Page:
Tuesday, July 27, 2010

Inception : The film

The review of Inception by Time magazine's Richard Corliss echoes my first thoughts while watching the closing credits roll :

After a long time, I think I watched a film that actually challenged my intellect and stimulated it and even caused me to struggle to keep up with the intensity and complexity of perception that went into structuring it. Of course, it's true that I was so conversant with dreams , the unconscious and their interpretation in my psychoanalysis phase in JU that I was mentally equipped to interpret the dream world and its logic (or lack of it). Which is not the case now. But yes, I could recognise the fact that years of research and reading had gone into planning and perfecting the aesthetics of Inception and much hard work underlay its deceptively fluid appearance. And at points, take delight and pride in the fact that my months of non-purposive (and to all appearances, esoteric) reading was finally finding importance somewhere : namely, in understanding the film.

Not that the film wasn't lucid at the level of narration. Although not having had any previous notion of what the film might be about, I did struggle with the opening dream sequences and was as perplexed as Ariadne (Ellen Page) might be when her practical knowledge of architecture had to be restructured radically following the stringent and often logically irreconcilable demands of Cobb's mission. But I learned with her and almost at her pace. By the time she was about to suggest the unplanned and risky fourth level of dream terrain, I had mentally predicted it and was only wondering whether the time differences at the respective levels and the strength of Yusuf's sedative would allow it to be implemented without the danger of limbo overtaking the dreamers.

There were mental hurdles, of course. The appearance of the dream-box (the technical equipment of Cobb's team, stored in a briefcase-like container) at each and every level was too solid and concrete a possibility as well as a coincidence, even for lucid dreaming. And of course, the forging of identity by Earnes (Tom Hardy) to assume that of Browning (Tom Berenger) was very sci-fi like in that it strained credulity to an extreme. And yet, not once did it seem that the entire film was an exercise in suspension of disbelief, despite the awe-inspiring amount of theoretical knowhow it drew on, be it Freud or Jung or Borges. There were only multiple narratives and the Lacanian premise of the truth that is never true - altered, filtered and faltering as it is in entering the perceptive level of each individual. And why not ? What is reality but our constant adjustment to our environment and its immediate demands ? Nolan must be lauded not merely for his film, a work of art, but also for the questions, theories and discussions it should necessarily trigger off. The trajectory of the film is a remarkable one, moving on from one certainty to another and yet, beginning and ending in ambivalence - suggesting rather than telling tales, the true-blue mark of a classic.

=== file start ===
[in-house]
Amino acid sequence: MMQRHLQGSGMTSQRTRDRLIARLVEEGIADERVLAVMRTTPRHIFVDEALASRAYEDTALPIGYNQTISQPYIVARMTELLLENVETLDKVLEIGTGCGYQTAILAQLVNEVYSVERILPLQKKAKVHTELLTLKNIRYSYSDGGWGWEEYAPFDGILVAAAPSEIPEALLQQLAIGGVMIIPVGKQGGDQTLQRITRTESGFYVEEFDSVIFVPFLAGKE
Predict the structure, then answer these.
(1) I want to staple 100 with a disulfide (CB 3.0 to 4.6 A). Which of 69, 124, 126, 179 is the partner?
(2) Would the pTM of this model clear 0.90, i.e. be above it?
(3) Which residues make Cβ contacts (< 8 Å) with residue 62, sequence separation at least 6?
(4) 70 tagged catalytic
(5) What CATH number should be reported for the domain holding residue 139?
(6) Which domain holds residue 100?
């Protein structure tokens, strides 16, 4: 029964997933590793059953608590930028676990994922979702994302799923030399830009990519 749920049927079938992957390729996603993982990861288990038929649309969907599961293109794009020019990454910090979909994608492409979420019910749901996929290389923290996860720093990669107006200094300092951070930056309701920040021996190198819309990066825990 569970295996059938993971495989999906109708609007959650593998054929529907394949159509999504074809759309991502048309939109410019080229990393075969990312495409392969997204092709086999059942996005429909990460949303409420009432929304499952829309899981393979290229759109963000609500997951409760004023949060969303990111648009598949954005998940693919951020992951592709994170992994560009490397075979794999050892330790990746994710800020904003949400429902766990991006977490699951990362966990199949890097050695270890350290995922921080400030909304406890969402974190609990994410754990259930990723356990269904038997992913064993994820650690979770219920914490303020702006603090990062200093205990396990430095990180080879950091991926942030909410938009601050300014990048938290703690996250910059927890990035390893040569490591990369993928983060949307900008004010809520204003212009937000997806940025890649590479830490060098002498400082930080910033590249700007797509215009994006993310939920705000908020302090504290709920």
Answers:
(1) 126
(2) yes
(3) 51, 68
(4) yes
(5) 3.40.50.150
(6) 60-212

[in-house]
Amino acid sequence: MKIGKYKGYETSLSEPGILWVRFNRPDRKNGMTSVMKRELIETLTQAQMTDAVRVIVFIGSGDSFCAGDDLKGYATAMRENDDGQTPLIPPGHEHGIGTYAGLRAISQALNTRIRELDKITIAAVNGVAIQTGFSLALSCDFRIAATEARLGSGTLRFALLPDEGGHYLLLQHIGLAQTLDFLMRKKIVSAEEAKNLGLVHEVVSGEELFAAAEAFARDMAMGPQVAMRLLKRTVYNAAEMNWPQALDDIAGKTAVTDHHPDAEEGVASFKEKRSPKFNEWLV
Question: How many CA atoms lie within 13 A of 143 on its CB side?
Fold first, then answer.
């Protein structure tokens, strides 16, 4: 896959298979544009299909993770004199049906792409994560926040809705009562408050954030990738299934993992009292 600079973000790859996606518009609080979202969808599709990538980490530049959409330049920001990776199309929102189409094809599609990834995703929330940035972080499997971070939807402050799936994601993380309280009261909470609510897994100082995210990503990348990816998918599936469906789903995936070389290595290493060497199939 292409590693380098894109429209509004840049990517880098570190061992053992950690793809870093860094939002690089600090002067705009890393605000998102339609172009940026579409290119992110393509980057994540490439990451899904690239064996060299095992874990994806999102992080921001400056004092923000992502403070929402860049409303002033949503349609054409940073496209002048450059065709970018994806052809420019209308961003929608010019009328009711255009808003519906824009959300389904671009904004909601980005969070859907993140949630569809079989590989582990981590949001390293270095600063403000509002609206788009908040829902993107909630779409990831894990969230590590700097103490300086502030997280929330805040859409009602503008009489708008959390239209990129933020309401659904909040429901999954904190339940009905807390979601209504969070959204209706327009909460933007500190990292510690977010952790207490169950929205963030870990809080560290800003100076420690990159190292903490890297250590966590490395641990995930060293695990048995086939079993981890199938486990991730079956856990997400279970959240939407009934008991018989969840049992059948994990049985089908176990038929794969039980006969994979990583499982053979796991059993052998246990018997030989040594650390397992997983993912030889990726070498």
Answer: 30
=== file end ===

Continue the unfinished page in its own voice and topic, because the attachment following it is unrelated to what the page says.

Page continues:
I disagree with Barnali's review ("it fails to show the profundity of human emotion") at certain points, although it is a brilliantly graphic one. I couldn't but be moved at Ariadne's growing and obsessive fascination with the compelling projection of Mal (Marion Cotillard) in her dreams and by extrapolation, with the 'real' nature of Cobb's relationship with his invincible-even-in-death wife. Similarly, the need for Cobb to accomplish 'inception' as a special ("it's not exactly legal", as he prosaically informs Ariadne) assignment with a definite goal in mind is a poignant parallel exercise in self-justification, scarred and sobered as he is by the guilt of fashioning his wife's death. There is nothing as sad as the anagnorisis of the tragic hero and Dom Cobb is no less than one, wracked in an unrelenting remorse, although his exile isn't exactly self-imposed (or is it ?) The playful banter between Eames and Arthur (Joseph Gordon-Levitt) is also an endearing instance of a pair of incisive minds, each trying to outdo but secretly in awe of the complementary other. Further, I cannot but beg to differ on the topic of the other characters being "mere shadows with exceptional ability". Surely we cannot have multiple focal points in a narrative already taking risks with multiple levels of reality and dreams and shifting, mutating viewpoints and dreamscapes. It is commendable that Nolan creates memorable characters with true-to-life eccentricities and foibles, including the almost ethereal Mal whose character could easily have lapsed into cliched idealism.

As for the sets, I'm still lost in wonder at the sheer sweep and scale of it all. A lot of informed visualisation has resulted in the sets that we can only gape at. The wikipedia entry tantalises one's curiosity in this aspect but doesn't quite exhaust it. I need to surf around diligently to satiate my own particular interest in it all. Even the background score was brilliant, still playing in my head insistently, unobtrusive yet unmistakably there.

Much has been said about how The Matrix provides a substantial starting point for the film. It might, of course, since the former is as much of our collective consciousness as we would allow it to be. But from the maker of The Prestige, you cannot but expect an original. He is only moving from strength to strength.

Nolan reminds me of Hamlet's soliloquy (used somewhere in the film, if my memory isn't at fault) :

"What a piece of work is a man, how noble in reason, how/ infinite in faculties, in form and moving how express and/ admirable, in action how like an angel, in apprehension how like/ a god! the beauty of the world, the paragon of animals..."


Friday, July 23, 2010

Lesson Plans and Planned Lessons